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MetaCyc Pathway: formaldehyde oxidation IV (thiol-independent)
Inferred from experiment

Pathway diagram: formaldehyde oxidation IV (thiol-independent)

This view shows enzymes only for those organisms listed below, in the list of taxa known to possess the pathway. If an enzyme name is shown in bold, there is experimental evidence for this enzymatic activity.

Superclasses: Degradation/Utilization/AssimilationC1 Compounds Utilization and AssimilationFormaldehyde Oxidation

Some taxa known to possess this pathway include : Pseudomonas putida

Expected Taxonomic Range: Proteobacteria

General Background

The detoxification of the highly toxic formaldehyde is a major biochemical necessity for most life forms. In the case of methylotrophic bacteria, formaldehyde is not just a toxic compound, but also a central intermediate. It has been suggested that the formaldehyde concentration in the cytoplasm of a methylotroph would rise to 100mM in less than 1 minute if formaldehyde consumption would stop [Vorholt00]. Several different pathways for Formaldehyde Oxidation are known in bacteria, encoded by unrelated or distantly related genes.

About This Pathway

This pathway involves a formaldehyde dehydrogenase that does not require a thiol cofactor for its activity. This enzyme has been purified from Pseudomonas putida [Tanaka02], and homologs of this enzyme were found in the genomes of several organisms [Speer94].

Superpathways: superpathway of C1 compounds oxidation to CO2

Variants: formaldehyde oxidation I, formaldehyde oxidation II (glutathione-dependent), formaldehyde oxidation III (mycothiol-dependent), formaldehyde oxidation V (H4MPT pathway)

Created 28-Aug-2003 by Arnaud M, SRI International
Revised 11-Jul-2004 by Caspi R, SRI International


Hanson96: Hanson, RS, Hanson, ET "Methanotrophic bacteria." Microbiological Reviews(1996) 60(2):439-471.

Speer94: Speer BS, Chistoserdova L, Lidstrom ME (1994). "Sequence of the gene for a NAD(P)-dependent formaldehyde dehydrogenase (class III alcohol dehydrogenase) from a marine methanotroph Methylobacter marinus A45." FEMS Microbiol Lett 121(3);349-55. PMID: 7926692

Tanaka02: Tanaka N, Kusakabe Y, Ito K, Yoshimoto T, Nakamura KT (2002). "Crystal structure of formaldehyde dehydrogenase from Pseudomonas putida: the structural origin of the tightly bound cofactor in nicotinoprotein dehydrogenases." J Mol Biol 324(3);519-33. PMID: 12445786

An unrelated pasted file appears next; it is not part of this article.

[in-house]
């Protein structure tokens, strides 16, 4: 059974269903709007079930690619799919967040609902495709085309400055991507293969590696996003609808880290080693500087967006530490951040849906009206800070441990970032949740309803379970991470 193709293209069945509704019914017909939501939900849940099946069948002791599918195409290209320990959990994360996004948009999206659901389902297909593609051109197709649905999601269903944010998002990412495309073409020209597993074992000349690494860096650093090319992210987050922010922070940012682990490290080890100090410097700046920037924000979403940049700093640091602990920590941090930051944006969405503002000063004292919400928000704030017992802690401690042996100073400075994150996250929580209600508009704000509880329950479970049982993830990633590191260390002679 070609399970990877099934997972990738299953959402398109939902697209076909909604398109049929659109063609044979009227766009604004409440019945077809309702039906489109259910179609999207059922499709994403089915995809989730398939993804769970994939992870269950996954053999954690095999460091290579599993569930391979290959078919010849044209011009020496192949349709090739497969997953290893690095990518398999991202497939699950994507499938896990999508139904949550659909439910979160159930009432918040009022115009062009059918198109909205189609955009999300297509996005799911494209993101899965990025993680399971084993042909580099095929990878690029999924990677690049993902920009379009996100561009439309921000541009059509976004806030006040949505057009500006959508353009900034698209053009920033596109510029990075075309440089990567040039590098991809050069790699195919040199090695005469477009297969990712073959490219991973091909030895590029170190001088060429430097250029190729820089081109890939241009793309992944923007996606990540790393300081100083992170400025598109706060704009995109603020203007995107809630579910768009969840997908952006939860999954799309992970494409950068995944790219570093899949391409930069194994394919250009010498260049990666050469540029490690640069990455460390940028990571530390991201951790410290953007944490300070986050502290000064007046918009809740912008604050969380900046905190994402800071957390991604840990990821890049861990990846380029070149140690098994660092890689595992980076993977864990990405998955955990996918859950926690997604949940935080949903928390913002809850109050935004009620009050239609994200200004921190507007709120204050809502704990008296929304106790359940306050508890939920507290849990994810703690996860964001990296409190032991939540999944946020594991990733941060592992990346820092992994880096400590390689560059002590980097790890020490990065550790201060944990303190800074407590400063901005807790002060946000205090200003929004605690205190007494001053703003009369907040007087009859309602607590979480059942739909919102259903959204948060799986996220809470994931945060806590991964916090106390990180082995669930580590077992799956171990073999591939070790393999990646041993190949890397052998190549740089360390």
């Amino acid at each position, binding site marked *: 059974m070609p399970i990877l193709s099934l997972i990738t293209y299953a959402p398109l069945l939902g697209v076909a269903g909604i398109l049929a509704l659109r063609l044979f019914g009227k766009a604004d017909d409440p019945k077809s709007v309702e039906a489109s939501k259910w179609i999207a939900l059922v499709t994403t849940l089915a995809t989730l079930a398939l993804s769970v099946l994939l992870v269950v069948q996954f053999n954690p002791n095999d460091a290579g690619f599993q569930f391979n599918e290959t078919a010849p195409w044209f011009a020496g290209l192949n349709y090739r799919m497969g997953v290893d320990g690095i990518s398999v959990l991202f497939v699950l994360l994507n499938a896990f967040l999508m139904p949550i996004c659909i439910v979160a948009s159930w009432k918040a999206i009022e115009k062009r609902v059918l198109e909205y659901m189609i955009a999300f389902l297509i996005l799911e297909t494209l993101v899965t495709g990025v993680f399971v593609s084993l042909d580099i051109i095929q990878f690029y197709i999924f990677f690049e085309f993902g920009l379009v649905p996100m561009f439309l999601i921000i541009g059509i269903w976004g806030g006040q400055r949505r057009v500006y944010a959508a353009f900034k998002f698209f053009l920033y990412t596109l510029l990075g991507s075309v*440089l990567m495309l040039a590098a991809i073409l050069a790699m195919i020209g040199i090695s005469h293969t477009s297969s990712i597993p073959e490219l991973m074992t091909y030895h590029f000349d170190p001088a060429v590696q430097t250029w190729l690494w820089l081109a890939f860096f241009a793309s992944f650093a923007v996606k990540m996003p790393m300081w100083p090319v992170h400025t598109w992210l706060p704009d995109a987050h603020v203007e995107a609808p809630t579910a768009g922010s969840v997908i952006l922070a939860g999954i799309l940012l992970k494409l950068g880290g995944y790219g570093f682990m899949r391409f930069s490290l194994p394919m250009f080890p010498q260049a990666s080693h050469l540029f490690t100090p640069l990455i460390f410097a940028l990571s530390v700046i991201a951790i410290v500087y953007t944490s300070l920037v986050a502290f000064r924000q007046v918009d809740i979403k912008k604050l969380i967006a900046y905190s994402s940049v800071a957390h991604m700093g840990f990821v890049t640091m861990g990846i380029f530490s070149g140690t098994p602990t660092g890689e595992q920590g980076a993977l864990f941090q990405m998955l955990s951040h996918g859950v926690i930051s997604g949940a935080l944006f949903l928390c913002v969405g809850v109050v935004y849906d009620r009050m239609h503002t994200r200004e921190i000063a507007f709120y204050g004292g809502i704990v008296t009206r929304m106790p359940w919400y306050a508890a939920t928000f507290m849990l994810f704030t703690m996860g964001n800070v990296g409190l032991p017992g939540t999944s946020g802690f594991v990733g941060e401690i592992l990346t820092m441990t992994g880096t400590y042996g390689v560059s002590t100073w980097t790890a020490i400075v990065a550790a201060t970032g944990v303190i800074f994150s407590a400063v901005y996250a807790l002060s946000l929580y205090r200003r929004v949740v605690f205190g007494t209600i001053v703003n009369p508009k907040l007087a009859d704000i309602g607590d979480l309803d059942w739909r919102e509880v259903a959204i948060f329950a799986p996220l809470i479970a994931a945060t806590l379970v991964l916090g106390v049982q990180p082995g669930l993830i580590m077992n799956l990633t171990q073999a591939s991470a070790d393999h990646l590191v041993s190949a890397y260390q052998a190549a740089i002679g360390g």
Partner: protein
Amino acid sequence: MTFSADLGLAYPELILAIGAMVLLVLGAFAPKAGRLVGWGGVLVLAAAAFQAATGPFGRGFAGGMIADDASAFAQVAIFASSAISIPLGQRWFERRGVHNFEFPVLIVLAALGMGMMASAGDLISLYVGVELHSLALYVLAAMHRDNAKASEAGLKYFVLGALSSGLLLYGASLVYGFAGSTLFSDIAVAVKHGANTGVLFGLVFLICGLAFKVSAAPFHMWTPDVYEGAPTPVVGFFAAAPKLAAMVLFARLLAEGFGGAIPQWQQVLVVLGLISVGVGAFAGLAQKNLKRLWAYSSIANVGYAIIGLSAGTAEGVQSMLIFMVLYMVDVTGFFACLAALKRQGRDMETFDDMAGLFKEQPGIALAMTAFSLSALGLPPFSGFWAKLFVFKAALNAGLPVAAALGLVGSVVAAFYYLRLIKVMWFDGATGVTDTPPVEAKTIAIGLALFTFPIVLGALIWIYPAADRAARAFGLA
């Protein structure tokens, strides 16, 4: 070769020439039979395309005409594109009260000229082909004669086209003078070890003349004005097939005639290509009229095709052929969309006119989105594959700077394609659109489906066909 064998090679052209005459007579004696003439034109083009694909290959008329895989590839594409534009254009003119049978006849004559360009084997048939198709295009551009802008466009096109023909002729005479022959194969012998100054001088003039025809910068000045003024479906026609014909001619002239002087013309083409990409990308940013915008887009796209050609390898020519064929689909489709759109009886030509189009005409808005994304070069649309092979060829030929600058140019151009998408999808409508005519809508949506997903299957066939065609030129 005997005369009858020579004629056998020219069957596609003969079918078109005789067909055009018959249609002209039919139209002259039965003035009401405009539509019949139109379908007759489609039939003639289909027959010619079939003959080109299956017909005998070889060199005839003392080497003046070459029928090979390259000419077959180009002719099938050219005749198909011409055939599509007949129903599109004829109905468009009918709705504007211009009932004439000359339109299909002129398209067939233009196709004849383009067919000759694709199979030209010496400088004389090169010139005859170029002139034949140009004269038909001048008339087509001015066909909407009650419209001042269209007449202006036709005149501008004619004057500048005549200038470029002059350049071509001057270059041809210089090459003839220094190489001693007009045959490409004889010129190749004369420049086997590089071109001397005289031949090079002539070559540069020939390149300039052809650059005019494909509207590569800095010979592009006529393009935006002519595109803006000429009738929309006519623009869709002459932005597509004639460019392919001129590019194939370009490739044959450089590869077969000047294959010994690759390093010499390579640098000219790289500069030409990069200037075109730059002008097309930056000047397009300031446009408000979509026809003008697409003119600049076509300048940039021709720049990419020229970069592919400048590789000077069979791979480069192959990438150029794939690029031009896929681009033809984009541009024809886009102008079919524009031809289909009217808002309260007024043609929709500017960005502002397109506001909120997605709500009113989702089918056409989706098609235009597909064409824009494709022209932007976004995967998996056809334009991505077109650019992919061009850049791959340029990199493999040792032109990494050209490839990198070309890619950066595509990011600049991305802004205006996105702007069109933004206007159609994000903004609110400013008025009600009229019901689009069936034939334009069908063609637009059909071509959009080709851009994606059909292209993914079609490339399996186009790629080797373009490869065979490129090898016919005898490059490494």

Vorholt00: Vorholt JA, Marx CJ, Lidstrom ME, Thauer RK (2000). "Novel formaldehyde-activating enzyme in Methylobacterium extorquens AM1 required for growth on methanol." J Bacteriol 182(23);6645-50. PMID: 11073907

Other References Related to Enzymes, Genes, Subpathways, and Substrates of this Pathway

Ando79: Ando M, Yoshimoto T, Ogushi S, Rikitake K, Shibata S, Tsuru D (1979). "Formaldehyde dehydrogenase from Pseudomonas putida. Purification and some properties." J Biochem (Tokyo) 85(5);1165-72. PMID: 571868

Ito94: Ito K, Takahashi M, Yoshimoto T, Tsuru D (1994). "Cloning and high-level expression of the glutathione-independent formaldehyde dehydrogenase gene from Pseudomonas putida." J Bacteriol 176(9);2483-91. PMID: 8169197

Latendresse13: Latendresse M. (2013). "Computing Gibbs Free Energy of Compounds and Reactions in MetaCyc."

Lessmeier13: Lessmeier L, Hoefener M, Wendisch VF (2013). "Formaldehyde degradation in Corynebacterium glutamicum involves acetaldehyde dehydrogenase and mycothiol-dependent formaldehyde dehydrogenase." Microbiology 159(Pt 12);2651-62. PMID: 24065717

Ogushi84: Ogushi S, Ando M, Tsuru D (1984). "Formaldehyde dehydrogenase from Pseudomonas putida: a zinc metalloenzyme." J Biochem (Tokyo) 96(5);1587-91. PMID: 6526822

Report Errors or Provide Feedback
Please cite the following article in publications resulting from the use of MetaCyc: Caspi et al, Nucleic Acids Research 42:D459-D471 2014
Page generated by Pathway Tools version 19.5 (software by SRI International) on Tue May 3, 2016, biocyc13.